As the hon. Gentleman said, today we debated and gave a Second Reading to the Education and Skills Bill. Everything about that Bill demonstrates the Government’s commitment to ensuring that all young people are given the maximum opportunity to succeed. Economic and social background should never be a barrier to achievement, and neither should geographical location. From the urban heart of our big cities to the fields and farms of our shire counties, all young people, regardless of where in England they live, should have an equal chance to take advantage of the learning options that are right for them. That might mean a diploma, an apprenticeship or more traditional, familiar qualifications.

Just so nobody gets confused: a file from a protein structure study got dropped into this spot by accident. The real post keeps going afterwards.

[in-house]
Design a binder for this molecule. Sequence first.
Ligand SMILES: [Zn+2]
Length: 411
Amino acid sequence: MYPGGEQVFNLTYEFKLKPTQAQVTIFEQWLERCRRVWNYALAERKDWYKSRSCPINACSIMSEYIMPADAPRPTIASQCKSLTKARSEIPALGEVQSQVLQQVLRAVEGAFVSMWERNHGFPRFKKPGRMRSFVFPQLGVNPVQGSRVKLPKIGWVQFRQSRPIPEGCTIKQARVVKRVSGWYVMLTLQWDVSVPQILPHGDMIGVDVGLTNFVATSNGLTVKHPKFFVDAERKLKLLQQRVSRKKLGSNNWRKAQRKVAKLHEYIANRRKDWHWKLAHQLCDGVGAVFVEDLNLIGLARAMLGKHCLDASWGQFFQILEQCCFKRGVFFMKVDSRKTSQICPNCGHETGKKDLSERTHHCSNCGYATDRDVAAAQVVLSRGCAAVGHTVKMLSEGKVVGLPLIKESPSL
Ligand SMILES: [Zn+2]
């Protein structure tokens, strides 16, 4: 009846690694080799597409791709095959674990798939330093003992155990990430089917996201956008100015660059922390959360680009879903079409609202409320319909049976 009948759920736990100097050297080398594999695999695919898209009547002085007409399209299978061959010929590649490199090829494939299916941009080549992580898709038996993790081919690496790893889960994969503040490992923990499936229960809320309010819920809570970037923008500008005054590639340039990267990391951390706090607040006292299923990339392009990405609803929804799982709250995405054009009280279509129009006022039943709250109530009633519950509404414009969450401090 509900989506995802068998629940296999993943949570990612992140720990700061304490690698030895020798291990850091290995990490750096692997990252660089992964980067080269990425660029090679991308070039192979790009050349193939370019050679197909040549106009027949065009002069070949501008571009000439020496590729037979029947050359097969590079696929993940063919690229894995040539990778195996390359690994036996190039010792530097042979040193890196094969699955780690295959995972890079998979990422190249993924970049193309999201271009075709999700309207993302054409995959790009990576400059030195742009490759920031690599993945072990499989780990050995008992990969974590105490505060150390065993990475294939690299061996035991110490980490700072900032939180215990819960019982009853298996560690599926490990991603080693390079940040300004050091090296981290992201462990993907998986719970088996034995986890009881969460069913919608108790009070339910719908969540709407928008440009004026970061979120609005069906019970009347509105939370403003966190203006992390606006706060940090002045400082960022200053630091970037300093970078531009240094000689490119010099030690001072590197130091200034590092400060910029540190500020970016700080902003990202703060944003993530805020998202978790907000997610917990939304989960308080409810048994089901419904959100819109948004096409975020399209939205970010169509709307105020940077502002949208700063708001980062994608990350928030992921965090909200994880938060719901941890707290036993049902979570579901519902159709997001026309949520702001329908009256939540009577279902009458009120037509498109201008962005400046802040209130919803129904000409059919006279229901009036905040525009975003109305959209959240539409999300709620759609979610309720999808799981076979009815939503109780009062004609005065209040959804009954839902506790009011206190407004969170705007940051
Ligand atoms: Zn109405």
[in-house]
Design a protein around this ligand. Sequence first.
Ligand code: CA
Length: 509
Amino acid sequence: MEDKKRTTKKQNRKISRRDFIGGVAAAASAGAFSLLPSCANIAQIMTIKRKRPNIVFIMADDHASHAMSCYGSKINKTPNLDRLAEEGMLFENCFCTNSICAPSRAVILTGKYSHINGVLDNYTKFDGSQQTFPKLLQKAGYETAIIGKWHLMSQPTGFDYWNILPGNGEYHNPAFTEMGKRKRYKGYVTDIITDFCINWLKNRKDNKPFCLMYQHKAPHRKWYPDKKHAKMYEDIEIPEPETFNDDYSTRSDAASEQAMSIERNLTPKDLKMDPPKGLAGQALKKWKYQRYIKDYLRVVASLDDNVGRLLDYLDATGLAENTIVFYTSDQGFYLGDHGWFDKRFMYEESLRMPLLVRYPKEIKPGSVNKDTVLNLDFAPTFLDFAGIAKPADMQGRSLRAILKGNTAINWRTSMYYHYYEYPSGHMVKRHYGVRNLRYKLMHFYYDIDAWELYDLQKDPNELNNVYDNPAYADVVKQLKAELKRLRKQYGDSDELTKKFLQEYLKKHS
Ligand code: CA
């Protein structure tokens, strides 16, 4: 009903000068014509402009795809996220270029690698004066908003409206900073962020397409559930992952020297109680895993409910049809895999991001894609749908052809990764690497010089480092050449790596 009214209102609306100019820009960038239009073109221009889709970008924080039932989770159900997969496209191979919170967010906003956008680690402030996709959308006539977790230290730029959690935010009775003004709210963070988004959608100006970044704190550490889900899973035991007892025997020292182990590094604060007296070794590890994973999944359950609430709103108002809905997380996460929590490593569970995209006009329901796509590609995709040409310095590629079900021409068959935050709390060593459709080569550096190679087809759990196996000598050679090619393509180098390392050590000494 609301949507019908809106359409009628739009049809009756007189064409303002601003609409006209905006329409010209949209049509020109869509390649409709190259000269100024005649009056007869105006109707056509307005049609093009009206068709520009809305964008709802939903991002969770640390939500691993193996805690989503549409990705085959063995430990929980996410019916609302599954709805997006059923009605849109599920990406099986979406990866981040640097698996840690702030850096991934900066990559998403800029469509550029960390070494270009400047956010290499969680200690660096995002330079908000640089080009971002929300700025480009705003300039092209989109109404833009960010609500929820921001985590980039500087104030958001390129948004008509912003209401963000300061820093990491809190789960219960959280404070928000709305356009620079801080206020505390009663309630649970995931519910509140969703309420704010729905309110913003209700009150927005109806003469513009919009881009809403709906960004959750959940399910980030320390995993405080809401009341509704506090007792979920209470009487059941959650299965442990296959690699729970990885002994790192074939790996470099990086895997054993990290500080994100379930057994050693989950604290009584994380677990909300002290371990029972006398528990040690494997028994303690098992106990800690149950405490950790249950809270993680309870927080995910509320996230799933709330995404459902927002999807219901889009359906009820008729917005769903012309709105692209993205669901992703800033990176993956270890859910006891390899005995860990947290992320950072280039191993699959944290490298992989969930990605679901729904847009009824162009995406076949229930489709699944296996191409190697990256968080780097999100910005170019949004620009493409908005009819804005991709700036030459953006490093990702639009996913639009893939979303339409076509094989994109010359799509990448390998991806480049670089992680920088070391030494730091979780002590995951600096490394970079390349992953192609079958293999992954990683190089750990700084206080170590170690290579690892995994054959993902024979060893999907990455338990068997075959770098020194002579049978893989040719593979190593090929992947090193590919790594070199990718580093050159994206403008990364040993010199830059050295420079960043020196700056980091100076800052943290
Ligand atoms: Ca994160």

Access to timely and affordable transport is of course crucial to helping young people access the range of current and future opportunities open to them. We are certainly alive to the challenges that rural areas will face, and I want to explain the considerable efforts that we are making to meet them. When we discuss teenage travel, we are generally referring to post-16 learners. The home-to-school arrangements for pre-16 travel are well understood and were improved in the Education and Inspections Act 2006. However, we know that post-16 learners, including those in Cornwall, are more likely to have to contribute to their travel costs, and it is not uncommon for young people who are affected by the issue to use their own car to get to lessons, if they are old enough.